Calum Henderson sat down to watch The Café, a morning show set in a café.
“This is the perfect show,” Mike Puru raved halfway through Monday morning’s first episode of The Café. “We’ve got a barista on set, we’ve got a kitchen on set… I am in heaven right now.”
After years serving as Jay Jay and Dom’s sidekick on The Edge FM breakfast show, as Art and Jordan’s romantic sherpa on The Bachelor NZ, and as a fast-talking TV hawker on shopping channel YesShop, it was nice to see him finally ascend to his celestial paradise: co-hosting TV3’s new weekday morning lifestyle show, a sort of spiritual successor to TVNZ’s dearly departed Good Morning.
When it was cancelled late last year, a common theme of the eulogies for Good Morning was that it always felt so friendly, communal… kind of like a café. A romantic notion, and one which has been taken extremely literally in the development of The Café, the first and only New Zealand television show to have its own barista. Mike and fellow host Mel Homer may have done the heavy lifting on Monday morning’s episode, but this unnamed coffee guru, silently pouring flat whites for a bemused studio audience of no more than twelve people, was the real star of the show.
Café styling aside, the show follows a nearly identical format to its predecessor – a mix of chat, cooking, and the infernal advertorials which pay for the whole thing. These were hosted by an enthusiastic woman called Holly, who introduced the segments in the studio by sprinting off-camera – “I’m just going to nip over here and talk about storage in ya kitchen!” – before the pre-recorded advertorial began with her running into shot.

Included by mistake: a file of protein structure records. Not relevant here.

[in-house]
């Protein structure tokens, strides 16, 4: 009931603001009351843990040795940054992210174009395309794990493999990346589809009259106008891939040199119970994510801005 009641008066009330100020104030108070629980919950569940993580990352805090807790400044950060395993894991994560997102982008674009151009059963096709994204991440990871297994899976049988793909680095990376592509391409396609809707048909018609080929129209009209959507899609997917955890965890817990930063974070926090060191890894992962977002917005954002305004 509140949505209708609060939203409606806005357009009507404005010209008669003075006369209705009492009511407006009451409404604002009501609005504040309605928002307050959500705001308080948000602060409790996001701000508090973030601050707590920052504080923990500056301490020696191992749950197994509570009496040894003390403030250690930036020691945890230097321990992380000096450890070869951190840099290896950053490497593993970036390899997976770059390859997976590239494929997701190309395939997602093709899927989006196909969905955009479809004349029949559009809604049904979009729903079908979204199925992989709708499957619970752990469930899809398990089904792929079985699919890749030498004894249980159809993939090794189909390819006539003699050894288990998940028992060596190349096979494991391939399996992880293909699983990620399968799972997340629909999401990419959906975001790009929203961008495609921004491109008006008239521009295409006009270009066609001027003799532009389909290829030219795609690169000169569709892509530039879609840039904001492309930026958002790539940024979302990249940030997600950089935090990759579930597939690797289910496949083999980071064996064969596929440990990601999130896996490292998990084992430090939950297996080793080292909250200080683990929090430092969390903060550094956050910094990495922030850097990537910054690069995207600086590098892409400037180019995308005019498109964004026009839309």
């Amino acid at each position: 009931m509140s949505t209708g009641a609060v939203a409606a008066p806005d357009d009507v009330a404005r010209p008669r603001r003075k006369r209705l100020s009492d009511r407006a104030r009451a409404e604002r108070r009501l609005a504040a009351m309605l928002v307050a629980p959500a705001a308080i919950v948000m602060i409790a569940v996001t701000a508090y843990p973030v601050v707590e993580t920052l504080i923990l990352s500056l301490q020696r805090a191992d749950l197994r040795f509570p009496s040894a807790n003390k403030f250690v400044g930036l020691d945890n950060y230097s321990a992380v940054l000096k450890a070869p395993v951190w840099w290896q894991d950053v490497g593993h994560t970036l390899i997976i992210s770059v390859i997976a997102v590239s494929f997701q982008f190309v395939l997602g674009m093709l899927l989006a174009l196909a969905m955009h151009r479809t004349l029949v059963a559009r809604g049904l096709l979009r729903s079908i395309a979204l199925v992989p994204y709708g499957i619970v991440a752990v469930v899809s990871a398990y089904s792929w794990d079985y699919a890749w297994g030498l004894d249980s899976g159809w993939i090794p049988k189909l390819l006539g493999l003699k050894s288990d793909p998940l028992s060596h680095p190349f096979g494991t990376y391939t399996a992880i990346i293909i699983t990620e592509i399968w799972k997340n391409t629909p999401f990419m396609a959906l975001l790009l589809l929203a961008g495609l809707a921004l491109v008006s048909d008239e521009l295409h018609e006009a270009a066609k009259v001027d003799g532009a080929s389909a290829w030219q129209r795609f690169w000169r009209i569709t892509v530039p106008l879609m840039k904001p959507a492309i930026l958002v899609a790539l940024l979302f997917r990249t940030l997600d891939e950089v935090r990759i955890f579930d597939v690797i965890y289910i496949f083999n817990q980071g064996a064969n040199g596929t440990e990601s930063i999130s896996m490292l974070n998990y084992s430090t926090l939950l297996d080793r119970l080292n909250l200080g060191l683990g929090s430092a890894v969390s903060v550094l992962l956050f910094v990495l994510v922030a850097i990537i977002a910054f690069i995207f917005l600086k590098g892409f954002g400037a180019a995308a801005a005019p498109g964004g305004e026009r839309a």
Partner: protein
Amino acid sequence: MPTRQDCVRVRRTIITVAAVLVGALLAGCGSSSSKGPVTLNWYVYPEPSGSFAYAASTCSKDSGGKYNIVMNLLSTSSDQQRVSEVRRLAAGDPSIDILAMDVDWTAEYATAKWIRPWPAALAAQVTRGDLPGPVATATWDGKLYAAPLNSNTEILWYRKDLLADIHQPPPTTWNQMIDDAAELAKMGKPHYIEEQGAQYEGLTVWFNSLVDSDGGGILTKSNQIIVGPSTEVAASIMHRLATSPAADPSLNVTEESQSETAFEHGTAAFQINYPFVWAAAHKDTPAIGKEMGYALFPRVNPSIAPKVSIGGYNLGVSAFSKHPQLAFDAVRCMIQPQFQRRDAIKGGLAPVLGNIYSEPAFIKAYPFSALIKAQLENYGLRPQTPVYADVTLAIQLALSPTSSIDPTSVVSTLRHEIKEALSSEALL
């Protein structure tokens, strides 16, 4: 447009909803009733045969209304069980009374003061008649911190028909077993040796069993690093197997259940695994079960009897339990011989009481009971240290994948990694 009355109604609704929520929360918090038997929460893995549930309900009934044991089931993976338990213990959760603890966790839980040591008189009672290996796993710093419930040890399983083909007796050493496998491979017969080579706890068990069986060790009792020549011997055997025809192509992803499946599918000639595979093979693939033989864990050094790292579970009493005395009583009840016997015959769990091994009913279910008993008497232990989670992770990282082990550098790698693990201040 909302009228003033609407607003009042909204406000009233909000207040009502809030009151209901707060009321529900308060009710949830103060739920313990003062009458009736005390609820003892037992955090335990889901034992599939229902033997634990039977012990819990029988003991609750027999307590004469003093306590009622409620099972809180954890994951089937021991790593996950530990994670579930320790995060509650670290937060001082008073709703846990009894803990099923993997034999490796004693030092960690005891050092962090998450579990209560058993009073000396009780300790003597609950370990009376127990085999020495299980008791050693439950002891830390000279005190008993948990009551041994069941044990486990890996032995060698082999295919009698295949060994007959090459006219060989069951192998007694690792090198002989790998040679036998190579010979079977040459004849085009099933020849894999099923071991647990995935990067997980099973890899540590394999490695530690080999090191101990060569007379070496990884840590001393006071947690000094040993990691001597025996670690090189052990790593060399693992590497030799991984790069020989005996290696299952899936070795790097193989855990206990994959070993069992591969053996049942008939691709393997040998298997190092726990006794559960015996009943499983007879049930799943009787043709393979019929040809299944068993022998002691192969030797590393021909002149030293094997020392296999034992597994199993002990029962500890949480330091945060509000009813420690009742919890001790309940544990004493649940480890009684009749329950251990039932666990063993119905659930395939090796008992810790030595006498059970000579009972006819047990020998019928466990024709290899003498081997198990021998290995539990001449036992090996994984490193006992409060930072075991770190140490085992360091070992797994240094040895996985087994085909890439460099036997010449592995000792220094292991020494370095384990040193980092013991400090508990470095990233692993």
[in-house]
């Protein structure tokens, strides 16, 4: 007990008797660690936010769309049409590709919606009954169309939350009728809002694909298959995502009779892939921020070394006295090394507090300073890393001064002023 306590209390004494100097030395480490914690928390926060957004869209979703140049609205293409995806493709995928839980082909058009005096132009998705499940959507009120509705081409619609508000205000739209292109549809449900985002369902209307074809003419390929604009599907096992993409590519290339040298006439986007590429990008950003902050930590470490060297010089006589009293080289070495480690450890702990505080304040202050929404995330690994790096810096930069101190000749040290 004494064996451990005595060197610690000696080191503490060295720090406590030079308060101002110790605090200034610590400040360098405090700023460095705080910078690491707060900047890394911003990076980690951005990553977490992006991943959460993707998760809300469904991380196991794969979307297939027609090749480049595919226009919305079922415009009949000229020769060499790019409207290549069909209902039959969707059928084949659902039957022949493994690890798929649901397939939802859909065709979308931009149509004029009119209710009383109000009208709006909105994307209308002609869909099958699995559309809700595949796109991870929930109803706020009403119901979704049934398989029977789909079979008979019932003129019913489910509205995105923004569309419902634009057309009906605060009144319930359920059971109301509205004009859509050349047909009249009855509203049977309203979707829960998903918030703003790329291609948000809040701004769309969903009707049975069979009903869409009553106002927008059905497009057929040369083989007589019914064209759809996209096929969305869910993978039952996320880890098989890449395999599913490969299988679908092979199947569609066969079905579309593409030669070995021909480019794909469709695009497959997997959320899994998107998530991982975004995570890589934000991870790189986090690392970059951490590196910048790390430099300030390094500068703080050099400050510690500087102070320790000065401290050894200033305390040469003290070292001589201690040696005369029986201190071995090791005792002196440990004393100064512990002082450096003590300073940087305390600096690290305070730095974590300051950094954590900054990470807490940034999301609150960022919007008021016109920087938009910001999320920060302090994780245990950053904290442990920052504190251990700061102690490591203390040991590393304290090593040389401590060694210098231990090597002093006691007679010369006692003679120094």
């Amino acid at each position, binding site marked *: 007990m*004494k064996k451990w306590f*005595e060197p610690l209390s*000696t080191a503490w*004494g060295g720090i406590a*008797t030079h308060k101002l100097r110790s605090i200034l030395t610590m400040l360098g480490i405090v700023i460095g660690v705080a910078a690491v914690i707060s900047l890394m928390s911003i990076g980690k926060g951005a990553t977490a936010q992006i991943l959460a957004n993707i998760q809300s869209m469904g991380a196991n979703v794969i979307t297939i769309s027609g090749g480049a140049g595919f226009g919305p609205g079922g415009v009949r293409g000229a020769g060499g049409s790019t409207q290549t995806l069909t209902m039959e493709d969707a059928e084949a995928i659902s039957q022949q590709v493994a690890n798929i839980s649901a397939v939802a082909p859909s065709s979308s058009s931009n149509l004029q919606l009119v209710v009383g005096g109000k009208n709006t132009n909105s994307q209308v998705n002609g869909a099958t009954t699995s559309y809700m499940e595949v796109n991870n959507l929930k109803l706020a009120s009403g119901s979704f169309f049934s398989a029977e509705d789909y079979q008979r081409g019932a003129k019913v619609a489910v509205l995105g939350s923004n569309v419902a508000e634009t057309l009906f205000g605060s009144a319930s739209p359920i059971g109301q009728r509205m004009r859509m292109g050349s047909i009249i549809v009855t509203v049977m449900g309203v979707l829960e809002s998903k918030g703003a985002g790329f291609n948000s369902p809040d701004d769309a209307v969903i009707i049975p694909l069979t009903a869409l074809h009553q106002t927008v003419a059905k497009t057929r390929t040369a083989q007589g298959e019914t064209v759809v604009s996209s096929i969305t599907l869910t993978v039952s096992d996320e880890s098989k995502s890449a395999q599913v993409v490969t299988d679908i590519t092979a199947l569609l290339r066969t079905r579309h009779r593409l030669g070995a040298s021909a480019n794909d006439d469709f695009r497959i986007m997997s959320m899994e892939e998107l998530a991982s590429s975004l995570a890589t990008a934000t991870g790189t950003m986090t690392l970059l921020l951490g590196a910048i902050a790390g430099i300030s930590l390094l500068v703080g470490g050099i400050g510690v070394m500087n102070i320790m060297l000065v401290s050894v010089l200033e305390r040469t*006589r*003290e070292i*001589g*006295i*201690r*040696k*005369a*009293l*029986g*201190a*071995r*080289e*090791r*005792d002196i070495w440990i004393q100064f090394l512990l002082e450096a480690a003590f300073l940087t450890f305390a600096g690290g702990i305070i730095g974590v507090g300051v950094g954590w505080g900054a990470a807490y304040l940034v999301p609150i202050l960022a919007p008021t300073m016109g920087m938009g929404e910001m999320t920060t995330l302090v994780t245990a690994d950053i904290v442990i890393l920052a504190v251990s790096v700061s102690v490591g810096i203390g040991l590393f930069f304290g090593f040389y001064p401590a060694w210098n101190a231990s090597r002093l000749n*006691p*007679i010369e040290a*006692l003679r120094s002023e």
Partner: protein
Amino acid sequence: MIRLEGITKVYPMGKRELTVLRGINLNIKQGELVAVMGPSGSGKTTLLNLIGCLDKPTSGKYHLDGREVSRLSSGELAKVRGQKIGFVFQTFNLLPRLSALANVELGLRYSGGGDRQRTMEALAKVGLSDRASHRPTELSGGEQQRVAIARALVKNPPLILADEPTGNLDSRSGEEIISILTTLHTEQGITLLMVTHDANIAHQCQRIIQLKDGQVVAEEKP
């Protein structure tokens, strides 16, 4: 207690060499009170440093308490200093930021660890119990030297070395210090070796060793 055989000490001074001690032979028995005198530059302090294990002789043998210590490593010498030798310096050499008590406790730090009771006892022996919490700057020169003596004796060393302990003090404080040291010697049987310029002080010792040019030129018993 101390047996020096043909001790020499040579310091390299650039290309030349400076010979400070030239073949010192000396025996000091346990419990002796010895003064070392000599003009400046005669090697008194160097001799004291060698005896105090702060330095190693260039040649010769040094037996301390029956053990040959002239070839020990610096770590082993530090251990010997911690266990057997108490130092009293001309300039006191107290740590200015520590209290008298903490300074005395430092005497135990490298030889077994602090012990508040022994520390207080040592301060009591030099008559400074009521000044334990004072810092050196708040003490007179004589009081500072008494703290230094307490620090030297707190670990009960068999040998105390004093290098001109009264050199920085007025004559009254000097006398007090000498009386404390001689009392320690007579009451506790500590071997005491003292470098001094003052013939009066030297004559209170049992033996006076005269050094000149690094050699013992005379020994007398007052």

Understandably for the first episode it sometimes felt frantic – maybe it’s harder than it looks to recreate the relaxing rhythm so vital to Good Morning. Mike Puru still has the urgent patter of a TV salesman, and the show sometimes felt like one big long ad. A beauty expert came on and blathered about skincare products. A finance expert replaced her and yawned about credit card interest rates. More coffee, please.
The big guest was Jordan Mauger, who seems mired in regret over his decision to appear on The Bachelor NZ. He spent the first half of the episode lurking at the edge of the studio kitchen, where resident chef Mark Southon was preparing a rack of lamb in his honour. Called upon to mix the salad dressing, he hesitantly dragged the whisk around the bowl. “Go on, you need to whisk it,” Southon encouraged him. “I don’t want to splatter it everywhere,” he replied. If Mike Puru was in heaven, then the Bach was in the darkest depths of hell.
When they finally got around to interviewing him, Mauger slipped back into his inscrutable Bachelor persona. The more he talked, the less he said. Of his experience filming the show: “I’ve had such a great time. It’s so much fun spending time with the girls.” Of his freewheeling approach to life: “I take opportunities when they come, and this one came along.” Of his pre-Bachelor weight loss: “I just cut out sugar and started watching what I ate.”
It fell to the editor-in-chief of Woman’s Day, Sido Kitchin, to provide the episode with colour. She dropped in to walk the hosts through the latest issue of her magazine, a veritable baby bonanza. As the three of them sat around cooing over Ali Pugh’s handsome bub (“good gene pool, very good gene pool”), Rebecca Wright’s daughter (“she is delectable”) and admiring Beth Allan’s baby bump (“very tidy”) it began to feel like an actual café: noisy, irritating, and stressful.
By the end of the show Jordan Mauger had been demoted to The Café’s waiter – a role he took to with surprising aplomb, carrying the plate of lamb all the way over to the hosts without dropping it once. Almost immediately a pair of starving audience members scurried up to the bench, grabbed a knife and fork and and began probing away at the meat.
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With that, the first ever episode of The Café was complete. “I can’t believe it’s over already,” said Mike.
“I can’t wait to do it all again tomorrow,” said Mel.
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